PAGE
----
Digging Deep in Dixie

The Jackson Free Press is an alternative weekly with a Southern soul


| September-October 2008


Former Klansman James Ford Seale, the prime suspect in a 1964 murder-drowning of two black men in Warren County, Mississippi, had long been presumed dead. But four decades later, in the summer of 2005, a team of reporters from the Mississippi alternative weekly the Jackson Free Press, a Canadian Broadcasting Corporation filmmaker, and the brother of one of the victims unearthed a bombshell: Seale was “still alive, and lives in Roxie . . . in a Winnebago-type trailer on land believed to belong to his brother.” The report appeared in the Jackson Free Press in July 2005. In January 2007, the FBI would indict Seale on federal charges of kidnapping and conspiracy stemming from the slayings.

 “Mississippians of all races absolutely must tell our own stories,” wrote Jackson Free Press editor Donna Ladd, whose investigative team, a crew of black and white journalists all under 25, all hail from her native state. The Jackson Free Press is a free newspaper that has resurrected the alt-weekly tradition of maverick investigations and cultural provocation in the heart of the Deep South. It’s an old-school “alternative.” There is little snark, no sex advice columns, no escort or tobacco ads. Started in 2002, it has cultivated an audience that includes young, white conservatives and black professionals alike, a diversity of readers uncommon in the South and practically nonexistent among alt weeklies.

When she started the paper with Todd Stauffer, Stephen Barnette, and Jimmy Mumford in 2002, Ladd was often told Jackson wasn’t ready. “They told me, ‘You’ll never do a newspaper that black people and white people will read in any significant way.’ ”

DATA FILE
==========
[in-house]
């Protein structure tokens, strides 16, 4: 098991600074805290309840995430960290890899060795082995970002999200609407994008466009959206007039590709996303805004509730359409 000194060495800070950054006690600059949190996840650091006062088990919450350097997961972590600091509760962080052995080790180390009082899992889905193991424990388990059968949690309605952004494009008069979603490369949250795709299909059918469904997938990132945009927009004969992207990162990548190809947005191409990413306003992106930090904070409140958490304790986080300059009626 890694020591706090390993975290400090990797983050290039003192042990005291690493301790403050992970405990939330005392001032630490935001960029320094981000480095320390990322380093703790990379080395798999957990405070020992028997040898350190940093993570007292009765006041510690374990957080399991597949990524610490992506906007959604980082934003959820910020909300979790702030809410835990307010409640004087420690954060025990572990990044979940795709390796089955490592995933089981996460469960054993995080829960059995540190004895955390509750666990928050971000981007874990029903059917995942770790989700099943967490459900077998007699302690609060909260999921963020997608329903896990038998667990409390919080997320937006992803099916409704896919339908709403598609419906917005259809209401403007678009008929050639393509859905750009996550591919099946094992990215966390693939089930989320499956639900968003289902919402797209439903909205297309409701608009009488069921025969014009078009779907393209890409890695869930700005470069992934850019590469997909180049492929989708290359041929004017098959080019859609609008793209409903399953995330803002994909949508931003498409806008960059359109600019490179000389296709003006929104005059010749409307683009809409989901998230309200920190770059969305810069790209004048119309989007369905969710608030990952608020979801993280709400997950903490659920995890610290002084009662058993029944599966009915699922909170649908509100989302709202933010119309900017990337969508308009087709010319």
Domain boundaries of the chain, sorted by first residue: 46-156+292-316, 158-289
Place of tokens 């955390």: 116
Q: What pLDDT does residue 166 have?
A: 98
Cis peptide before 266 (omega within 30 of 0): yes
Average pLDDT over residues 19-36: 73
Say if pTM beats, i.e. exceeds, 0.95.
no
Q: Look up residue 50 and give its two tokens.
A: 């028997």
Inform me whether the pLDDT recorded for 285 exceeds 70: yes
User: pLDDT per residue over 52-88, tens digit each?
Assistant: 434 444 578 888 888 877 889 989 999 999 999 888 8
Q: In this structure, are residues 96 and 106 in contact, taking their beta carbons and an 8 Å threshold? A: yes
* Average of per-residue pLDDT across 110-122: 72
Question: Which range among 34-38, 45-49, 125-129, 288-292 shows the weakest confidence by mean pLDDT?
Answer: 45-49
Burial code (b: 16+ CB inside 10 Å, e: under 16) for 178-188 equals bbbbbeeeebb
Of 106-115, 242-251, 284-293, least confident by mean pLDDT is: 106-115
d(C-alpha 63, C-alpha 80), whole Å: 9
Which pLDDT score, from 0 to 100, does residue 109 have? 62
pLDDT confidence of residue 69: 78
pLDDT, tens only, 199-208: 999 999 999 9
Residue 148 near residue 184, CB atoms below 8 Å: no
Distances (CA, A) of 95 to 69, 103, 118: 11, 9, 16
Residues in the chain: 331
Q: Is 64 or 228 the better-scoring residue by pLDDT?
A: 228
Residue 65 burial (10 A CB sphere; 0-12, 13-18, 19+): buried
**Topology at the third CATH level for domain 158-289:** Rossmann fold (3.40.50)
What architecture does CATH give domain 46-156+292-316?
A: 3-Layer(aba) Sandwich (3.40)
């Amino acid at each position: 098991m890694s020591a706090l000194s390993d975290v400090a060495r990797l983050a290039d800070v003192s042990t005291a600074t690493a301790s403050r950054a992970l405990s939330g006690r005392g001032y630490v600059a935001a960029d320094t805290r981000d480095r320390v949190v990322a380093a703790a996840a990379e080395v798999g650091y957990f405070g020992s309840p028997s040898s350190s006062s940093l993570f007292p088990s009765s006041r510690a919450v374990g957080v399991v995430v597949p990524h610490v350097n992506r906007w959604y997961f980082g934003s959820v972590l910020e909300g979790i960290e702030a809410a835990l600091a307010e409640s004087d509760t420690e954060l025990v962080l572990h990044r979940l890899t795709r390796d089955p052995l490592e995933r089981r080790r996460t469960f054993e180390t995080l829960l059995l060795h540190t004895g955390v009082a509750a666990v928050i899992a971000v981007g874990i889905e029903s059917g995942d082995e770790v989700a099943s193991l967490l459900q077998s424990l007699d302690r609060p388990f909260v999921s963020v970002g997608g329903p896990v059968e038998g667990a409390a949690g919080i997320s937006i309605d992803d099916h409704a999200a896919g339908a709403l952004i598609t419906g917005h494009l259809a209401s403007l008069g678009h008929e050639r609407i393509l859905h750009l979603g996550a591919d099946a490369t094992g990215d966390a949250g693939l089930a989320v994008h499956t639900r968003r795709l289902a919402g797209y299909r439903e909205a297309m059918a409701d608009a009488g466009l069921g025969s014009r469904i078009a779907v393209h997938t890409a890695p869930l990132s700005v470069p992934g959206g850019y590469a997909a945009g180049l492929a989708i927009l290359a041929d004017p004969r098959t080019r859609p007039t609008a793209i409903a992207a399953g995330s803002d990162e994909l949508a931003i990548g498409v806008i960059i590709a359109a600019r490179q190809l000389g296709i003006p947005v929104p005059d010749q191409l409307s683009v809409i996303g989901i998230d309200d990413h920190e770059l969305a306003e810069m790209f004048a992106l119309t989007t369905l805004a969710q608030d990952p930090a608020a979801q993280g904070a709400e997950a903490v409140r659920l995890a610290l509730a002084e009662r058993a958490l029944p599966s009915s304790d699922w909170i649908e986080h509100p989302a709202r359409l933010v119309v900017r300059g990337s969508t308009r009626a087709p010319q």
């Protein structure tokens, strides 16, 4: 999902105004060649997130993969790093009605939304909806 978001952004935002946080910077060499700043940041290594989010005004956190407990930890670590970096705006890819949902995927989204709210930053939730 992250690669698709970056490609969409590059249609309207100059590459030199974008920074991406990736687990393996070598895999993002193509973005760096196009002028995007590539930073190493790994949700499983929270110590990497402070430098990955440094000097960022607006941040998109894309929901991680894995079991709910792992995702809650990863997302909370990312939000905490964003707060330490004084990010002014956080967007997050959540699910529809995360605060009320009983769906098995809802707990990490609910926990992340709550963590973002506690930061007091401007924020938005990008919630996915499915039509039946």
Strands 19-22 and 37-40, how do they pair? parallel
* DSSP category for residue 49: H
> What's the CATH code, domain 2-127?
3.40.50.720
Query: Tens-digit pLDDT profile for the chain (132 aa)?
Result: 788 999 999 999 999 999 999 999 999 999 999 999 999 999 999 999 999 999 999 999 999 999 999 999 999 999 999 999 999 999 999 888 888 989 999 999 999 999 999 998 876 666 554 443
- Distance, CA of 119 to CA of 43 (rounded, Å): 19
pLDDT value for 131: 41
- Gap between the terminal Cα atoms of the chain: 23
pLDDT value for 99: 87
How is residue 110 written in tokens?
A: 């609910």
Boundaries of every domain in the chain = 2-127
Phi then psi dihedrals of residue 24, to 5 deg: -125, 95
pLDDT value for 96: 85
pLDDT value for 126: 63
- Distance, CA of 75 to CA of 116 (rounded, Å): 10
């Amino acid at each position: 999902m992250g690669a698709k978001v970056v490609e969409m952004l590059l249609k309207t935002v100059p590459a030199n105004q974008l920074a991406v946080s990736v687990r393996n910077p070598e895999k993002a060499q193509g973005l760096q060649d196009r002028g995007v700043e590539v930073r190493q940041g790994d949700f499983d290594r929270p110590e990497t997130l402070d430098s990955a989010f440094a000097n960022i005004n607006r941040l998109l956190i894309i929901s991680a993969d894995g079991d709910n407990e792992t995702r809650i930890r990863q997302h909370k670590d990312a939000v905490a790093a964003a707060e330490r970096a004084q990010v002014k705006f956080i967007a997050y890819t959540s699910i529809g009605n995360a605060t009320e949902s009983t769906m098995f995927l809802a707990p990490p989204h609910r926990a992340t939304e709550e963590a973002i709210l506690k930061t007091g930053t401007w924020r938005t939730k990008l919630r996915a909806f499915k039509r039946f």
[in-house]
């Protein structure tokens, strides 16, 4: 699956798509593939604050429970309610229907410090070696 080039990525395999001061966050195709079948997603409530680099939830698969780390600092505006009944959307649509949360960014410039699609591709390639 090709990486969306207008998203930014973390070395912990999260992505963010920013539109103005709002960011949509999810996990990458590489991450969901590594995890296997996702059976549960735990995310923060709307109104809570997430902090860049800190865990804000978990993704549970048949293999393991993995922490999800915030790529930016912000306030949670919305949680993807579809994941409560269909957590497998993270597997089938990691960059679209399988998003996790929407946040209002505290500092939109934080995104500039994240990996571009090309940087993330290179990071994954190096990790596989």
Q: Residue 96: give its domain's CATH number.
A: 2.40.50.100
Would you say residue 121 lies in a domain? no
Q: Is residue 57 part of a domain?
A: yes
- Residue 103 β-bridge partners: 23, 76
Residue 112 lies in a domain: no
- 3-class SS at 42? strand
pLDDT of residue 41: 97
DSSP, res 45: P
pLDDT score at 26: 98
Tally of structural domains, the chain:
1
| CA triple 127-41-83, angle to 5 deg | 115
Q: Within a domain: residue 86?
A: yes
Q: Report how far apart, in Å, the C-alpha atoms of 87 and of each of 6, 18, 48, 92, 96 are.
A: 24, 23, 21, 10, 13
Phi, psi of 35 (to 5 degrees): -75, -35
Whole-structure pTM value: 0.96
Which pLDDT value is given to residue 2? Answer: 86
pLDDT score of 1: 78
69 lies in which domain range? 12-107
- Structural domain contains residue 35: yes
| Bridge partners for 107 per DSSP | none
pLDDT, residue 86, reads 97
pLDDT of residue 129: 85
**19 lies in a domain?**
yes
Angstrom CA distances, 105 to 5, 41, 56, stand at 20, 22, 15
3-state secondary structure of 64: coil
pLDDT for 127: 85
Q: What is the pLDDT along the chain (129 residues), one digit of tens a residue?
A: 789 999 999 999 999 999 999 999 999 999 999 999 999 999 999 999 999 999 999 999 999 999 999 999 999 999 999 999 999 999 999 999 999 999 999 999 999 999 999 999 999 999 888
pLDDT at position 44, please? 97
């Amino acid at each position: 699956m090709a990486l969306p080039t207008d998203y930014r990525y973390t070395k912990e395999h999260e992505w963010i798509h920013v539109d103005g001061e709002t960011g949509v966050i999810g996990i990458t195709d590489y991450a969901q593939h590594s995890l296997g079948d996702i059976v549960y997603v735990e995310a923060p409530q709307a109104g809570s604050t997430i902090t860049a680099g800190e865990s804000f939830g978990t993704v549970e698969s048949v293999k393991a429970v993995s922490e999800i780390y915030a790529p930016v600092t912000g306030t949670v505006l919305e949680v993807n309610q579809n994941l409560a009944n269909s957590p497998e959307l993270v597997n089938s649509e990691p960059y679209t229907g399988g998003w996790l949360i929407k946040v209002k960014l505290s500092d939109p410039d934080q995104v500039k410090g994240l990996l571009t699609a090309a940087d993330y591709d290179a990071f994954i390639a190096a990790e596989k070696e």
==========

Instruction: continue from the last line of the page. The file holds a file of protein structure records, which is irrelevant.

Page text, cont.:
The Jackson Free Press has defied those expectations.



“They’ve figured out how to talk about those issues in a community so that they’re not black or white,” says Harvey Johnson Jr., Jackson’s former mayor. He’s been on the receiving end of both the paper’s criticism and its commendation, yet the Jackson Free Press’ readers voted him Most Underappreciated Jacksonian in 2005.

Though the Web has been the downfall of many alt weeklies, it has been a windfall for the Jackson Free Press, allowing it to saturate its market with comment-heavy blogs and even create its own reader-driven Jackson-specific wiki, Jackpedia. While some members of the Association of Alternative Newsweeklies once balked at accrediting the paper because it was not as “alternative” as traditional alt weeklies, it now invites Todd Stauffer, Ladd’s partner, to speak on interactive Web design at its annual conference.

Harold W. Ard_7
9/8/2008 12:04:57 PM

i saw this story about Seal a little differently in the Clarion Ledger and on TV.















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